Background: Abdominal auscultation has an important position in the physical examination of the abdomen. Little is known about rater agreement. The aim of this study was to describe rater agreement and thus, indirectly, the value of the examination. Methods: In a semi-virtual setup 12 recordings of the intestinal sounds from 8 patients with acute abdominal pain and 4 healthy volunteers were presented to 100 physicians. The physicians were asked to characterize the intestinal sounds as normal or pathologic. Fisher's exact test was used for comparison between groups of physicians. Results: Overall, 72% of the answers with regard to healthy volunteers concluded that the sounds were normal (equalling agreement), whereas 64% of answers with regard to intestinal obstruction concluded that the sounds were pathologic (but agreement was higher due to agreement on wrong diagnosis in one case). Bowel sounds from colonic obstruction were diagnosed as pathologic in 94 of 100 answers. In peritonitis disagreement dominated. Specialists in gastrointestinal medicine diagnosed bowel obstruction significantly more poorly than nonspecialists in gastrointestinal surgery (P < 0.05). Conclusion: Rater agreement in normal subjects and in patients with intestinal obstruction was acceptable for a clinical examination. Abdominal auscultation is a helpful clinical examination in patients with acute abdominal pain.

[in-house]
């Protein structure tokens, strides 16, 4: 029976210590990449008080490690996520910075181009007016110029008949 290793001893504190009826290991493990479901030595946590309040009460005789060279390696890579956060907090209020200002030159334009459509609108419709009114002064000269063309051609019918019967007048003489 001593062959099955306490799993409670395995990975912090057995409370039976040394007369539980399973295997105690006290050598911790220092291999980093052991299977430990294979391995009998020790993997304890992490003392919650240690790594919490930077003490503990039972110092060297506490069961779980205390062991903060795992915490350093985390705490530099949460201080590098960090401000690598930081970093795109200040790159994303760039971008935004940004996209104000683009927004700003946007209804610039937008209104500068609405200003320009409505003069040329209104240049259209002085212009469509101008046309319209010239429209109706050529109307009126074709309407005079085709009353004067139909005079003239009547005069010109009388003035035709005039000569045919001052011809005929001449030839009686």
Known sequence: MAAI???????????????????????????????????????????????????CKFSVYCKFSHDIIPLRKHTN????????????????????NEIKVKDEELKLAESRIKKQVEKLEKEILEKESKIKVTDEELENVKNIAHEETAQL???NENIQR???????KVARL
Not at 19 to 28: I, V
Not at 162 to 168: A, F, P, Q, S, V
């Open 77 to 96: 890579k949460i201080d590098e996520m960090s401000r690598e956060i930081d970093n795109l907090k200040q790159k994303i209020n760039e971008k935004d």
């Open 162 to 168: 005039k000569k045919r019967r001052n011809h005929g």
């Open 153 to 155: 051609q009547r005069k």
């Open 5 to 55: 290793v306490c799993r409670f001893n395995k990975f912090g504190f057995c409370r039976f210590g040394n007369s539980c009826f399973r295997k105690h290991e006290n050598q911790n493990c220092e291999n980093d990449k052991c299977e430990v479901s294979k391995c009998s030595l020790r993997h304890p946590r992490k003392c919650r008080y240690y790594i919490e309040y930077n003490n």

|Journal||Scandinavian Journal of Gastroenterology|
|Publication status||Published - 1998|